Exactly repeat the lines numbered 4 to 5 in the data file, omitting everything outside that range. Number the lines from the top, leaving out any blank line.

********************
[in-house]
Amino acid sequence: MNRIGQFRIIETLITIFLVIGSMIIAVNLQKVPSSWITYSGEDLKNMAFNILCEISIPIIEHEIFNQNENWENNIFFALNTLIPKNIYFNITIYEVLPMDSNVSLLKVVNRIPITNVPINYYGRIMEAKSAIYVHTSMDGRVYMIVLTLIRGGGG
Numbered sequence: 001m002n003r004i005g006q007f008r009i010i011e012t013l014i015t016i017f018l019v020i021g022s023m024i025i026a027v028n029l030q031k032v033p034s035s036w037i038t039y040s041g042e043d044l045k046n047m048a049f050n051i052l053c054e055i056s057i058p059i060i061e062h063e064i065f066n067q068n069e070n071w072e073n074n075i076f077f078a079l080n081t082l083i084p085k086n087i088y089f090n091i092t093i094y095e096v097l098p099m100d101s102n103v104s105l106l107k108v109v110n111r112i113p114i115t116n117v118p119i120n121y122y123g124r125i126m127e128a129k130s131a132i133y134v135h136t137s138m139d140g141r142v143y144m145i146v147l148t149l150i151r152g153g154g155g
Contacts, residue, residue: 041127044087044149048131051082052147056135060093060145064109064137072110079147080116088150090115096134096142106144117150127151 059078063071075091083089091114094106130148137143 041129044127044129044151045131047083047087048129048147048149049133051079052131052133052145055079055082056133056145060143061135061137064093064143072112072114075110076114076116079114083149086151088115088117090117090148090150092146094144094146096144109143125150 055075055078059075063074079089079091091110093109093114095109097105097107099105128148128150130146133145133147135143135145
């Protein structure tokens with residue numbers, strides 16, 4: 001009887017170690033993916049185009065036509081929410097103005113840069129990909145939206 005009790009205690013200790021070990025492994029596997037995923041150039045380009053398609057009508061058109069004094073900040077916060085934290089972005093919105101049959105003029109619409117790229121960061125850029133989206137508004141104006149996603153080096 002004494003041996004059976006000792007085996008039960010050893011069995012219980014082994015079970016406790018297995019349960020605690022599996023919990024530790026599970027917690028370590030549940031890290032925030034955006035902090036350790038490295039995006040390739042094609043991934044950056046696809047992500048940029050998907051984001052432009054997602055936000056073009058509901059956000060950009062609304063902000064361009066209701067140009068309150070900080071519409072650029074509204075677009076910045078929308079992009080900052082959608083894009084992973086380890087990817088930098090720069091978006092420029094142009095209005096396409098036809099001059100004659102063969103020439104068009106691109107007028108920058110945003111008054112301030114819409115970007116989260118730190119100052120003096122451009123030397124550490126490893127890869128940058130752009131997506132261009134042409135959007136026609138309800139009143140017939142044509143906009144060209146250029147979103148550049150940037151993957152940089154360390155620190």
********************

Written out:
Contacts, residue, residue: 041127044087044149048131051082052147056135060093060145064109064137072110079147080116088150090115096134096142106144117150127151 059078063071075091083089091114094106130148137143 041129044127044129044151045131047083047087048129048147048149049133051079052131052133052145055079055082056133056145060143061135061137064093064143072112072114075110076114076116079114083149086151088115088117090117090148090150092146094144094146096144109143125150 055075055078059075063074079089079091091110093109093114095109097105097107099105128148128150130146133145133147135143135145
């Protein structure tokens with residue numbers, strides 16, 4: 001009887017170690033993916049185009065036509081929410097103005113840069129990909145939206 005009790009205690013200790021070990025492994029596997037995923041150039045380009053398609057009508061058109069004094073900040077916060085934290089972005093919105101049959105003029109619409117790229121960061125850029133989206137508004141104006149996603153080096 002004494003041996004059976006000792007085996008039960010050893011069995012219980014082994015079970016406790018297995019349960020605690022599996023919990024530790026599970027917690028370590030549940031890290032925030034955006035902090036350790038490295039995006040390739042094609043991934044950056046696809047992500048940029050998907051984001052432009054997602055936000056073009058509901059956000060950009062609304063902000064361009066209701067140009068309150070900080071519409072650029074509204075677009076910045078929308079992009080900052082959608083894009084992973086380890087990817088930098090720069091978006092420029094142009095209005096396409098036809099001059100004659102063969103020439104068009106691109107007028108920058110945003111008054112301030114819409115970007116989260118730190119100052120003096122451009123030397124550490126490893127890869128940058130752009131997506132261009134042409135959007136026609138309800139009143140017939142044509143906009144060209146250029147979103148550049150940037151993957152940089154360390155620190």